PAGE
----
Divorce is far from easy, especially when children are involved. It can be a scary, frustrating and confusing time for them. The first year after their parents split up is often the hardest for kids.
A divorced parent needs to understand that it can take a year or longer for your child to cope with the separation and come to terms with the new normal. That said, not every child reacts to divorce the same way. Some kids adjust rather quickly, and others have lingering problems.
The following are some warning signs that could mean your child is suffering from emotional issues stemming from the divorce:
- Struggling to understand why the divorce happened
- Blaming or resenting their parents for the divorce
- Feeling guilty about and blaming themselves for the divorce
- Anxiousness or sadness when apart from one or both parents
- Regressing to childish behaviors they outgrew before
- Tantrums, angry outbursts and increased aggression
- Dramatic mood swings ranging from one extreme to another
- Lowered self-esteem and symptoms of depression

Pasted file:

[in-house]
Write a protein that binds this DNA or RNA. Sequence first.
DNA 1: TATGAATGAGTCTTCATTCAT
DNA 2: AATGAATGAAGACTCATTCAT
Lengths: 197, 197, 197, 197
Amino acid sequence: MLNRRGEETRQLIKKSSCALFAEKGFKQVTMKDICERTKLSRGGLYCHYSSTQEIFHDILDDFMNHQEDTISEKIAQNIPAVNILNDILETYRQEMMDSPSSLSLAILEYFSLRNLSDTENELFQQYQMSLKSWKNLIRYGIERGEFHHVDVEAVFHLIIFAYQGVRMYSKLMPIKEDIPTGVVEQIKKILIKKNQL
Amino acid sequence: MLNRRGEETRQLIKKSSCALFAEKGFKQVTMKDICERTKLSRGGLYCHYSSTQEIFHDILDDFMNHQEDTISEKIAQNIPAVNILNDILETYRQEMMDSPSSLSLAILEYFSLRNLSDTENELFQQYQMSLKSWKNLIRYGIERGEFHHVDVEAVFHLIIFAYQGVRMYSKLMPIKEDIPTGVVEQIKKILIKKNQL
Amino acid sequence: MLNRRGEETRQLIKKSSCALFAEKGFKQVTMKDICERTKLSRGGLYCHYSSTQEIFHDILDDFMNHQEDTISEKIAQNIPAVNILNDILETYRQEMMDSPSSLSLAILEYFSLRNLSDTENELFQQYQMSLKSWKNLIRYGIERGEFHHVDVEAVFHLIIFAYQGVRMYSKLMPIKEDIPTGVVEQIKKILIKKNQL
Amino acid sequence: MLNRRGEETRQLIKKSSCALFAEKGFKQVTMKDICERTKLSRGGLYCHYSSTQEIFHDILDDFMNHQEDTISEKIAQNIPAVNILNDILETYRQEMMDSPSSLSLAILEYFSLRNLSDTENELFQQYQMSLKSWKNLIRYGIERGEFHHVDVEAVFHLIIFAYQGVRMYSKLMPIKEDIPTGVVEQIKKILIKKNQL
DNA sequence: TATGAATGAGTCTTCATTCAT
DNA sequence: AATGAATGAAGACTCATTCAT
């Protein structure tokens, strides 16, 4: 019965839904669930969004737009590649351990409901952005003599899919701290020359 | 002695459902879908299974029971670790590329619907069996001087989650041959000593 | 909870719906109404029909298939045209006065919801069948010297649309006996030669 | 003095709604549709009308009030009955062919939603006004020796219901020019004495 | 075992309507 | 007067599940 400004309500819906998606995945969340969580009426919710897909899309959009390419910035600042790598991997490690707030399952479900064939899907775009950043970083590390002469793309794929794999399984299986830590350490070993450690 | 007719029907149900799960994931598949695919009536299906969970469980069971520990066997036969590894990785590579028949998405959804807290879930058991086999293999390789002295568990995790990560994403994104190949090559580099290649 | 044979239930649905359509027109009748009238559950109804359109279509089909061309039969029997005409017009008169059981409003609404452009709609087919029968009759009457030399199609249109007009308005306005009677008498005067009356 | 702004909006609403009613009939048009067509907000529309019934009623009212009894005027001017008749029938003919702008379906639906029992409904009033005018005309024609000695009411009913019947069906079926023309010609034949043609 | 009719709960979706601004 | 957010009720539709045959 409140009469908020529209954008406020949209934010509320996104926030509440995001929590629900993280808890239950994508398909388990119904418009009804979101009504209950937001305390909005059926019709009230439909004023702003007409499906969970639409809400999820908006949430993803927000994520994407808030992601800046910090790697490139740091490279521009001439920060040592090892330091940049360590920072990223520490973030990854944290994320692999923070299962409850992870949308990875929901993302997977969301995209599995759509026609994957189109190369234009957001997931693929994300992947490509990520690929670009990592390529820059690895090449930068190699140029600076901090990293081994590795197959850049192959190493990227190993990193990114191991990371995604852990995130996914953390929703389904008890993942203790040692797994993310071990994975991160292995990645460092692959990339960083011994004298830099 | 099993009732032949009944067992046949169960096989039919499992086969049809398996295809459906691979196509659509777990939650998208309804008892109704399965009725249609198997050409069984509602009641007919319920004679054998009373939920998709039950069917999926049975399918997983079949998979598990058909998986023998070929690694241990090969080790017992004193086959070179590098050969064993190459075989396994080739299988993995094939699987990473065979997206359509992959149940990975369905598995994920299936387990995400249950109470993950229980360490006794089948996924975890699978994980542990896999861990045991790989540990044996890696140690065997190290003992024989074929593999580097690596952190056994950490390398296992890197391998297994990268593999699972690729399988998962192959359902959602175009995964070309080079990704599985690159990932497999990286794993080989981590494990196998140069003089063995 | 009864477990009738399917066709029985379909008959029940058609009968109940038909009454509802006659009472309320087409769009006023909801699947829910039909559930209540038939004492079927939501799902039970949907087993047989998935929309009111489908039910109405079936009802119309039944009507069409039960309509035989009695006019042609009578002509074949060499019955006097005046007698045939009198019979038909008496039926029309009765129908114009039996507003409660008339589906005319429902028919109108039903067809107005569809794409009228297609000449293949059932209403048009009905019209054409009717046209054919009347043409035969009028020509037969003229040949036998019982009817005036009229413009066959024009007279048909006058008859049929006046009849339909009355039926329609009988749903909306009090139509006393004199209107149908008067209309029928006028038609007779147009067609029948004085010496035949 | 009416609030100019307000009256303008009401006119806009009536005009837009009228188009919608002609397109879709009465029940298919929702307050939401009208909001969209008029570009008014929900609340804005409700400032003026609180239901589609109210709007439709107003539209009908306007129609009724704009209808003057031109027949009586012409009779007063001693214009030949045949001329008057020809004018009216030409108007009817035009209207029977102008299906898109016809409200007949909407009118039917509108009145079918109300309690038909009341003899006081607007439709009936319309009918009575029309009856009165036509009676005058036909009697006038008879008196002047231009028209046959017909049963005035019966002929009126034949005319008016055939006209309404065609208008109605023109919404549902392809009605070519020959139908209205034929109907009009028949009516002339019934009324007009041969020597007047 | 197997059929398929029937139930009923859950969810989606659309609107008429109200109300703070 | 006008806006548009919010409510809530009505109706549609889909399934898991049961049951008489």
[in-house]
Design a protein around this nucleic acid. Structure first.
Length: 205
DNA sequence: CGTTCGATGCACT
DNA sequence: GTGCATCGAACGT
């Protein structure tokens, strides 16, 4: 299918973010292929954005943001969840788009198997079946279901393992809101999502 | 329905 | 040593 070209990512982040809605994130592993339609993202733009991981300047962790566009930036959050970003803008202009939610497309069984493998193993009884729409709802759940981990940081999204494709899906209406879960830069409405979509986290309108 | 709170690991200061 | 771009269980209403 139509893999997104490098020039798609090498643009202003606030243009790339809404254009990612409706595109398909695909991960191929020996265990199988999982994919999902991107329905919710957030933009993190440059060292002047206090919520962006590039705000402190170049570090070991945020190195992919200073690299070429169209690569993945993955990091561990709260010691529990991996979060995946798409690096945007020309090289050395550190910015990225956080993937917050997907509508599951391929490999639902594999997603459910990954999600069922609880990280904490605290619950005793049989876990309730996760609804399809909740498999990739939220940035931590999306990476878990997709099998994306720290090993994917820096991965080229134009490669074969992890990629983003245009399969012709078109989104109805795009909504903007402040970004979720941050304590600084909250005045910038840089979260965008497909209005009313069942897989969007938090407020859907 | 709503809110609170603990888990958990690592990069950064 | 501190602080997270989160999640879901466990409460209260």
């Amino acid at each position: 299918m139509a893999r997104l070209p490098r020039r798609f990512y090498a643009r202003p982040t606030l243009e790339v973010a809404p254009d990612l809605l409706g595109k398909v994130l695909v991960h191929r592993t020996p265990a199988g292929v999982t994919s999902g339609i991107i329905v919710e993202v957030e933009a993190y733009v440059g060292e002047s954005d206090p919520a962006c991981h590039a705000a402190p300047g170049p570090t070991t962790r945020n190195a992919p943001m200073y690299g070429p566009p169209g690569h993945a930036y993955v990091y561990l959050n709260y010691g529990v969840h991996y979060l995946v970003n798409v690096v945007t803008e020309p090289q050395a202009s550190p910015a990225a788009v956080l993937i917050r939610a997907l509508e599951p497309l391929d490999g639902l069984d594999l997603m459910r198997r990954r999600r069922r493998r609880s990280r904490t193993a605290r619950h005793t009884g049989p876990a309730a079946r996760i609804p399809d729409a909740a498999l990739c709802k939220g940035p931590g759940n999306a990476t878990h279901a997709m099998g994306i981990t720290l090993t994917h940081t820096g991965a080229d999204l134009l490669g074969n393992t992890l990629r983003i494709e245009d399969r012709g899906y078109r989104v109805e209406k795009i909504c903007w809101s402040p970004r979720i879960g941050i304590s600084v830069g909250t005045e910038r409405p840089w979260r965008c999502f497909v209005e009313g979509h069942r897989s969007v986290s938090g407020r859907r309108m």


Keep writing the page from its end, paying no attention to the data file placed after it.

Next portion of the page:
- Isolating from friends and social situations
- Being uncooperative with daily tasks
- Being uncommunicative with you
- Declining grades and other problems at school, such as cheating, fighting or truancy
- Impulsive behavior, risk taking, and alcohol and drug abuse
If your child is exhibiting any behaviors like this, be as supportive and understanding a parent as you can be, while also protecting and disciplining them. It might be time for professional help. You can discuss any concerns that you have with your child's pediatrician. They may recommend a therapist or other line of treatment.
Having your kid's back — and someone to have yours
Of course, you want to do what's best for your child and see them get the help they need. But when you share custody, it can sometimes be challenging to agree with your ex-spouse about what counseling or medical help is appropriate. An experienced and compassionate New York attorney can assist you with exercising your parental rights and fighting to ensure the welfare of your child.